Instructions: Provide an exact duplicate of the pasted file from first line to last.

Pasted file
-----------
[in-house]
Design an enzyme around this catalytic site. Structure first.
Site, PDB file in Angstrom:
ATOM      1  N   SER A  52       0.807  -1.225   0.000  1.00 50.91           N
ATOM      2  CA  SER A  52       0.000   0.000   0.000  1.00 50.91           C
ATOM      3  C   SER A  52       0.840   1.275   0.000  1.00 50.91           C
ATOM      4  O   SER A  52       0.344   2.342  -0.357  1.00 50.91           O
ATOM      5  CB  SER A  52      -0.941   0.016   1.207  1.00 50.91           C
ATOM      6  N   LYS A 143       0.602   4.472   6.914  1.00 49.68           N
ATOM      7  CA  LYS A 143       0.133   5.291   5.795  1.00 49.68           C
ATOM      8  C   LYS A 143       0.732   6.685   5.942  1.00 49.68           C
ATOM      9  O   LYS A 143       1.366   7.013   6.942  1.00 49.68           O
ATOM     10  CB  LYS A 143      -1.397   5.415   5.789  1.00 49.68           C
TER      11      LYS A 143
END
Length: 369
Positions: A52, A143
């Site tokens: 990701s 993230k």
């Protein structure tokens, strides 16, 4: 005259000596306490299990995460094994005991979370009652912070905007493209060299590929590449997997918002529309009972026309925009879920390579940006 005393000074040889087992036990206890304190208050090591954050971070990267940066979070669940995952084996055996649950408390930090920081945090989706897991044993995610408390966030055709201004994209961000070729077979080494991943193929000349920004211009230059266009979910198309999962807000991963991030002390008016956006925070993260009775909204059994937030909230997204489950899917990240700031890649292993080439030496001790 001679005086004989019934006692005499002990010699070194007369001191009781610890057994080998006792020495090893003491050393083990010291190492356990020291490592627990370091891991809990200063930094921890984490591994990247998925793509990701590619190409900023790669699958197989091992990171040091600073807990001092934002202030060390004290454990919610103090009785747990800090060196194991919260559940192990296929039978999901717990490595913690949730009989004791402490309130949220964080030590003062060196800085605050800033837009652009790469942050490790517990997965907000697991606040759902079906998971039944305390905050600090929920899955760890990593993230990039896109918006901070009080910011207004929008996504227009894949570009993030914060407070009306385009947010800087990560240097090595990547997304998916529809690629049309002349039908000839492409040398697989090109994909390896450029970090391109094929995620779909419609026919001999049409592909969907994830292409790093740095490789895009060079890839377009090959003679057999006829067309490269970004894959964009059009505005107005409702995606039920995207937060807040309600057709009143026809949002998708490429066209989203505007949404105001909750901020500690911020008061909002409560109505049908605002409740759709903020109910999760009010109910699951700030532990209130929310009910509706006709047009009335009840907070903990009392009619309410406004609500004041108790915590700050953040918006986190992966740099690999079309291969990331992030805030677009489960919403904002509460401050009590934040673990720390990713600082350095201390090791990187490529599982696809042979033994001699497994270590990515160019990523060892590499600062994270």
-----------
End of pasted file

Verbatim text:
[in-house]
Design an enzyme around this catalytic site. Structure first.
Site, PDB file in Angstrom:
ATOM      1  N   SER A  52       0.807  -1.225   0.000  1.00 50.91           N
ATOM      2  CA  SER A  52       0.000   0.000   0.000  1.00 50.91           C
ATOM      3  C   SER A  52       0.840   1.275   0.000  1.00 50.91           C
ATOM      4  O   SER A  52       0.344   2.342  -0.357  1.00 50.91           O
ATOM      5  CB  SER A  52      -0.941   0.016   1.207  1.00 50.91           C
ATOM      6  N   LYS A 143       0.602   4.472   6.914  1.00 49.68           N
ATOM      7  CA  LYS A 143       0.133   5.291   5.795  1.00 49.68           C
ATOM      8  C   LYS A 143       0.732   6.685   5.942  1.00 49.68           C
ATOM      9  O   LYS A 143       1.366   7.013   6.942  1.00 49.68           O
ATOM     10  CB  LYS A 143      -1.397   5.415   5.789  1.00 49.68           C
TER      11      LYS A 143
END
Length: 369
Positions: A52, A143
């Site tokens: 990701s 993230k």
């Protein structure tokens, strides 16, 4: 005259000596306490299990995460094994005991979370009652912070905007493209060299590929590449997997918002529309009972026309925009879920390579940006 005393000074040889087992036990206890304190208050090591954050971070990267940066979070669940995952084996055996649950408390930090920081945090989706897991044993995610408390966030055709201004994209961000070729077979080494991943193929000349920004211009230059266009979910198309999962807000991963991030002390008016956006925070993260009775909204059994937030909230997204489950899917990240700031890649292993080439030496001790 001679005086004989019934006692005499002990010699070194007369001191009781610890057994080998006792020495090893003491050393083990010291190492356990020291490592627990370091891991809990200063930094921890984490591994990247998925793509990701590619190409900023790669699958197989091992990171040091600073807990001092934002202030060390004290454990919610103090009785747990800090060196194991919260559940192990296929039978999901717990490595913690949730009989004791402490309130949220964080030590003062060196800085605050800033837009652009790469942050490790517990997965907000697991606040759902079906998971039944305390905050600090929920899955760890990593993230990039896109918006901070009080910011207004929008996504227009894949570009993030914060407070009306385009947010800087990560240097090595990547997304998916529809690629049309002349039908000839492409040398697989090109994909390896450029970090391109094929995620779909419609026919001999049409592909969907994830292409790093740095490789895009060079890839377009090959003679057999006829067309490269970004894959964009059009505005107005409702995606039920995207937060807040309600057709009143026809949002998708490429066209989203505007949404105001909750901020500690911020008061909002409560109505049908605002409740759709903020109910999760009010109910699951700030532990209130929310009910509706006709047009009335009840907070903990009392009619309410406004609500004041108790915590700050953040918006986190992966740099690999079309291969990331992030805030677009489960919403904002509460401050009590934040673990720390990713600082350095201390090791990187490529599982696809042979033994001699497994270590990515160019990523060892590499600062994270």